HAROLD H. GREENE, District Judge.
This case arises out of the circumstances surrounding the death of Michael Kline, an American citizen, while traveling in El Salvador in October 1982. According to the complaint, Kline was beaten and killed by El Salvadorean soldiers. It is further claimed that the government of El Salvador did not investigate the killing or prosecute the responsible individuals and instead attempted to cover up and distort the true cause of death. In addition, the complaint alleges that United States government agencies and certain named officials attempted also to cover up the circumstances of Michael Kline's death, obstructed the plaintiffs
in their attempt to obtain information and refused to undertake an investigation of the relevant events.
The complaint contains four counts. Count One is directed against the government of the Republic of El Salvador, claiming that its agents beat, tortured, and executed Michael Kline; that they blocked any meaningful investigation or prosecution, and that these actions caused severe emotional distress to members of Mr. Kline's family in the United States. Counts Two through Four, which are brought against various United States agencies and officials, allege the commission of common law and constitutional torts. Presently before the Court are two motions to dismiss -- that of El Salvador and that of the United States.
In Count I of the complaint, plaintiffs allege that actions taken by the government of El Salvador in that country relating to the death of Michael Kline constituted the tort of intentional infliction of emotional distress and that, since the distress occurred in the United States, the courts of this country have jurisdiction notwithstanding the fact that El Salvador is a foreign sovereign generally immune from suit. Under established law, there is no basis whatever for that contention.
The Foreign Sovereign Immunities Act (FSIA)
governs claims of immunity in civil actions brought in the courts of the United States against a foreign state. Verlinden B.V. v. Central Bank of Nigeria, 461 U.S. 480, 103 S. Ct. 1962, 76 L. Ed. 2d 81 (1983). Under the Act, a foreign state is immune from suit, and the court lacks jurisdiction, unless a specific statutory exception is found to be applicable. The exception claimed by plaintiffs to apply here provides that a foreign state is not immune where money damages are sought against it "for personal injury or death, or damage to property, occurring in the United States (emphasis added)."
The language of the exception suggests, and the legislative history of the Act
as well as the decided cases make it entirely clear, that United States courts have jurisdiction under the terms of this statute only if the tort as well as the injury occurred in this country.
In Persinger v. Islamic Republic of Iran, 234 U.S. App. D.C. 349, 729 F.2d 835 (D.C.Cir.1984), the parents of a United States Marine taken hostage at the American embassy in Iran sued for the mental and emotional distress they suffered in the United States as a consequence of their son's detention in Iran. The Court of Appeals flatly rejected their claim, holding that "both the tort and the injury must occur in the United States" for a court to have jurisdiction under the Act. 729 F.2d at 842. See also Asociacion de Reclamantes v. United Mexican States, 237 U.S. App. D.C. 81, 735 F.2d 1517 (D.C.Cir.1984); McKeel v. Islamic Republic of Iran, 722 F.2d 582, 589-90 n. 10 (9th Cir.1983); Frolova v. Union of Soviet Socialist Republics, 558 F. Supp. 358, 362 (N.D.Ill.1983); Matter of Sedco, Inc., 543 F. Supp. 561, 567 (S.D.Tex.1982). In the instant case, of course, the complaint itself alleges that the tort occurred in El Salvador, and under the precedents that nation is immune from suit in the courts of the United States.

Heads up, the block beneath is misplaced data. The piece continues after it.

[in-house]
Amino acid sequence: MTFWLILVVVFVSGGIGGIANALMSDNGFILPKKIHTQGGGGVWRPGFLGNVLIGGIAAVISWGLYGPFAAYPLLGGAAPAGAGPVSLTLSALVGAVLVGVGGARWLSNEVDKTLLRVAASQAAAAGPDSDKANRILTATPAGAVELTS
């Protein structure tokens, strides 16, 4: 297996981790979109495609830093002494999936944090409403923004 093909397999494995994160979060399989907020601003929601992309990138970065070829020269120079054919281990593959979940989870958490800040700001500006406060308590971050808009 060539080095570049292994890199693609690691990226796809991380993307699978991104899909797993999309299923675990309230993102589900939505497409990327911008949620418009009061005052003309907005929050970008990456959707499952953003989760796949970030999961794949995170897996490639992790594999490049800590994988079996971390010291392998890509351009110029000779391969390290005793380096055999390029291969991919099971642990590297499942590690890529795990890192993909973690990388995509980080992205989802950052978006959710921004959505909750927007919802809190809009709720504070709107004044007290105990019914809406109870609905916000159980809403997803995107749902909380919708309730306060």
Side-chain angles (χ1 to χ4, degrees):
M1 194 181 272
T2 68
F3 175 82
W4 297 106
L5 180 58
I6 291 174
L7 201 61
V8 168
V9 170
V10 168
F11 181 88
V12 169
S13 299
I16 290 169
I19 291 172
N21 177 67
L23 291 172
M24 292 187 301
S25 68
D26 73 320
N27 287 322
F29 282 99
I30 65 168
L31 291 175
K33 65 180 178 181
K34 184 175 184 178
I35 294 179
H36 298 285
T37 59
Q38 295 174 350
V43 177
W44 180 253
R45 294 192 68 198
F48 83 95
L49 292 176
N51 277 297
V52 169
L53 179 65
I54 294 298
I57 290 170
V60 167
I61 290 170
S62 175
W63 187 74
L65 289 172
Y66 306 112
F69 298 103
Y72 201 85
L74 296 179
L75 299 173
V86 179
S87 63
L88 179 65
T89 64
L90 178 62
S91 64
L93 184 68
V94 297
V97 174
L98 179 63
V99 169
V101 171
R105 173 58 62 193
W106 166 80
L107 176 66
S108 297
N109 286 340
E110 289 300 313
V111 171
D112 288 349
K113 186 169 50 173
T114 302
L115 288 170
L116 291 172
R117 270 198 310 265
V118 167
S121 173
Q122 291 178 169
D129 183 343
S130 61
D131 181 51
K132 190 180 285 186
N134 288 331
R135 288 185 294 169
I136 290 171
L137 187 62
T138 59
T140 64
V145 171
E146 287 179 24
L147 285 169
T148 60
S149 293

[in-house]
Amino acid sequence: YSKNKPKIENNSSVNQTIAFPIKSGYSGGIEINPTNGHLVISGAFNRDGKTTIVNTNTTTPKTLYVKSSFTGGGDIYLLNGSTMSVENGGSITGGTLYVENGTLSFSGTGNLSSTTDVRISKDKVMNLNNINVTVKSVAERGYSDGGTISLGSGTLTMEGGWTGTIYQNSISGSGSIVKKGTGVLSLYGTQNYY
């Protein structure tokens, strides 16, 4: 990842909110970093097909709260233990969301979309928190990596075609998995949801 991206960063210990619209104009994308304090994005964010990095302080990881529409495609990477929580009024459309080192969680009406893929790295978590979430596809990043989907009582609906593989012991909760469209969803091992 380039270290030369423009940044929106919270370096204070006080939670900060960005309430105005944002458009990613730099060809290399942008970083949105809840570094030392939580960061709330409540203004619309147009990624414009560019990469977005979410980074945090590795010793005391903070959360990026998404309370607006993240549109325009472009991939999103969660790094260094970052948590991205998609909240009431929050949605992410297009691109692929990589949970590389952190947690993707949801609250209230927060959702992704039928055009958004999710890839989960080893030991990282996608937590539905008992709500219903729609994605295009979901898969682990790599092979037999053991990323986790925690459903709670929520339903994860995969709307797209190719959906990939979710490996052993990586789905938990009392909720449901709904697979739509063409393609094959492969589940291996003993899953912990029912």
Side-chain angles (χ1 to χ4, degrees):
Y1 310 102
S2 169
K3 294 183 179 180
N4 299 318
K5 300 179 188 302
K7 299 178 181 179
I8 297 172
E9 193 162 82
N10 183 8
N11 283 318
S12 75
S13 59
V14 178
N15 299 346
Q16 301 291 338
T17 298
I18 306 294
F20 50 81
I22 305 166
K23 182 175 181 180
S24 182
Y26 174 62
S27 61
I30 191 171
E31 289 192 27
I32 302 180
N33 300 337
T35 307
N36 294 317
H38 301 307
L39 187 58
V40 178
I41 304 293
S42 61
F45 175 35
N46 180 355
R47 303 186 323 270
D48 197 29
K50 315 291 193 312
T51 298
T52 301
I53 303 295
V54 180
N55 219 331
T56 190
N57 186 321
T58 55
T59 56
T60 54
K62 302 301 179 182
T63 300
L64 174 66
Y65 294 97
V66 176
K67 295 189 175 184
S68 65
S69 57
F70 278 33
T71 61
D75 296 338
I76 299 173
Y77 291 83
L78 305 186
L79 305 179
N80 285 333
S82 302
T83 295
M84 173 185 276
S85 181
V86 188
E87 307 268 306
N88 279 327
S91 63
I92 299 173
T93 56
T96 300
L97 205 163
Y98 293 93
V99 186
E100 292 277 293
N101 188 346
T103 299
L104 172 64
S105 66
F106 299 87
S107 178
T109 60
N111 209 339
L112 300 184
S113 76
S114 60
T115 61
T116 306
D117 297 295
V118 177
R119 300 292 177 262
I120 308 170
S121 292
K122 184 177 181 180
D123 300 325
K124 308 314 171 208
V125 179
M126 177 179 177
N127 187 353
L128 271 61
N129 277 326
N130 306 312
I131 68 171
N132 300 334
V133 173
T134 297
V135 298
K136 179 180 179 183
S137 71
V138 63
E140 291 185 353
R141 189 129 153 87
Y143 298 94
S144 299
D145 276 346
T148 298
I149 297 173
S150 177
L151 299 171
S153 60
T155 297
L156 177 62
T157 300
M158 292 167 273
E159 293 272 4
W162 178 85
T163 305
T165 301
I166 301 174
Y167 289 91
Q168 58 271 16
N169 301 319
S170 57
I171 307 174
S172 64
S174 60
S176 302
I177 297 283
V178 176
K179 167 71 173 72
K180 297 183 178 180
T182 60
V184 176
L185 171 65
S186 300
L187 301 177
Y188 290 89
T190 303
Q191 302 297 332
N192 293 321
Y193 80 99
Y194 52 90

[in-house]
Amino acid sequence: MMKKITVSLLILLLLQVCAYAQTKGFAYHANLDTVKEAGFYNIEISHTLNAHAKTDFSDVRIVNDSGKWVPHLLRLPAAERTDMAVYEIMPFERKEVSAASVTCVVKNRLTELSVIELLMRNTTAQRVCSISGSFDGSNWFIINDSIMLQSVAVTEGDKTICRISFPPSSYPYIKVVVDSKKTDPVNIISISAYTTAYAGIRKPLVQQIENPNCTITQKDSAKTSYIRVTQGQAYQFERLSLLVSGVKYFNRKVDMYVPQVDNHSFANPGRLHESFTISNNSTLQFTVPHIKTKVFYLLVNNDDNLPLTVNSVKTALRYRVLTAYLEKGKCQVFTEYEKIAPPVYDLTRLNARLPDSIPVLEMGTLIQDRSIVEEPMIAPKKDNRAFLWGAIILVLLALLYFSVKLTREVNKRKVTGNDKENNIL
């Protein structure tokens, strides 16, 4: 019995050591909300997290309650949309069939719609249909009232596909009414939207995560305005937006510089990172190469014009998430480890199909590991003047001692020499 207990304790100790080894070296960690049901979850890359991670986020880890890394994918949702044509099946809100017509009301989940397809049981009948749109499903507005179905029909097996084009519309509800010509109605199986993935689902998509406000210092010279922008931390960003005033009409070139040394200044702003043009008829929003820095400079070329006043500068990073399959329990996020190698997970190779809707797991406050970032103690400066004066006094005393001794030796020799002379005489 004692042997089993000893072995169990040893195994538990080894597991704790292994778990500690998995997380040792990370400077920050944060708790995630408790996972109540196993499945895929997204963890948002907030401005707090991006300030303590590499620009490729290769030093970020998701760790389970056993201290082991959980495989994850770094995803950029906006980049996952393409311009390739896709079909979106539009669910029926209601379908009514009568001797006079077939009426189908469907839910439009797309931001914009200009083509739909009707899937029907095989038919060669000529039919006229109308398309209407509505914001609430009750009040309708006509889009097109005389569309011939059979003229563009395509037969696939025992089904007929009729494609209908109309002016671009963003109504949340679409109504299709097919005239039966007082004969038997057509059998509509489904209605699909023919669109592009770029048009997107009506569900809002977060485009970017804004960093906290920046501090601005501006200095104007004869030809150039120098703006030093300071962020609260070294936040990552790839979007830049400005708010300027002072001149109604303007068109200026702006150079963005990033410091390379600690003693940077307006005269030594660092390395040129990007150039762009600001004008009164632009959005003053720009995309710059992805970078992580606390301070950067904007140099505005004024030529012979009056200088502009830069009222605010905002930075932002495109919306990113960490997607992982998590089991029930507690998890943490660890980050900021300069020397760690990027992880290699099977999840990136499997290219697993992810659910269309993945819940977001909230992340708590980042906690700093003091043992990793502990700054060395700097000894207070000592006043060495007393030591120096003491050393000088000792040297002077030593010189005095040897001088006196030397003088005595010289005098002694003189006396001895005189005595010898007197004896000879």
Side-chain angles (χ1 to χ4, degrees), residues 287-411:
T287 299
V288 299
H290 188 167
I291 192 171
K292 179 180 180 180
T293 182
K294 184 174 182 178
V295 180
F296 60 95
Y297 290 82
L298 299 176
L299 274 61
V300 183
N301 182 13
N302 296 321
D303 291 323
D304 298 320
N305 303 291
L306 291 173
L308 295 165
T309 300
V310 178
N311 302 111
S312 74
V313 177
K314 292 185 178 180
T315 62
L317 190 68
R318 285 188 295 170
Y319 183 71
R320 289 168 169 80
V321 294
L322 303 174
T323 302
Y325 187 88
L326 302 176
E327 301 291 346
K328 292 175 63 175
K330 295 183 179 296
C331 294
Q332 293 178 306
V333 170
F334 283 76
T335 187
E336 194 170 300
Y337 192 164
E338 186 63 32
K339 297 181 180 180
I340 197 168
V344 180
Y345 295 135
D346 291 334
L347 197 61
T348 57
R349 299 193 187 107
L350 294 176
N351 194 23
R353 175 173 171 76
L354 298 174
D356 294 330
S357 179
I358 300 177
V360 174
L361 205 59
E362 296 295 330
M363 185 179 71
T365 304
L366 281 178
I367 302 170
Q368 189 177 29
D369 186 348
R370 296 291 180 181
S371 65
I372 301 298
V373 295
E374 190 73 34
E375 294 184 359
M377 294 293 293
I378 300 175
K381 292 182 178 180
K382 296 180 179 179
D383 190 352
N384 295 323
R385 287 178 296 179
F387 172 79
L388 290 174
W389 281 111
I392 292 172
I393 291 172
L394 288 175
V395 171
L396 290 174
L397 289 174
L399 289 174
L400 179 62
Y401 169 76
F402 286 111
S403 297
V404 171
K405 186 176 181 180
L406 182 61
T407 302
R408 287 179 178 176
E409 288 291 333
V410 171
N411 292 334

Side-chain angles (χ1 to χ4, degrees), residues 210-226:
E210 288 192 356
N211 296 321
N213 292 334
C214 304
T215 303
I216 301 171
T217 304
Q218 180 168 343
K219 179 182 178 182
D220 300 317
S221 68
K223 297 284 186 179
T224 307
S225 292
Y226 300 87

Wholly aside from precedent, it is clear that the construction argued by plaintiffs is inappropriate. If plaintiffs are correct, every alleged governmental tort occurring in any foreign country would be subject to review in the courts of the United States at the request of any member of the family of the victim who claimed to have suffered emotional distress here as a consequence of the foreign act. Such international judicial interference would be entirely unprecedented, and a court would not be justified in engaging in it unless congressional intent to grant jurisdiction therefor were manifestly plain. That, as indicated, is not true here. The claim against the government of El Salvador will accordingly be dismissed.
The complaint states three claims against the federal defendants:
(1) intentional infliction of emotional distress; (2) denial of First Amendment rights; and (3) denial of equal protection under the Fifth Amendment.
The federal government, its agencies, and federal officials when sued in their official capacities, are absolutely shielded from tort actions for damages unless sovereign immunity has been waived. United States v. Testan, 424 U.S. 392, 399, 96 S. Ct. 948, 953, 47 L. Ed. 2d 114 (1976); United States v. Mitchell, 445 U.S. 535, 538, 100 S. Ct. 1349, 1351, 63 L. Ed. 2d 607 (1980). The only waiver for common law torts conceivably applicable to the present situation is the Federal Tort Claims Act, 28 U.S.C. §§ 1346(b), 2679(a). However, the statute itself constitutes an insuperable obstacle to plaintiffs' claims insofar as they seek relief against the Department of State, the Federal Bureau of Investigation, and the various officers in their official capacities, for three reasons.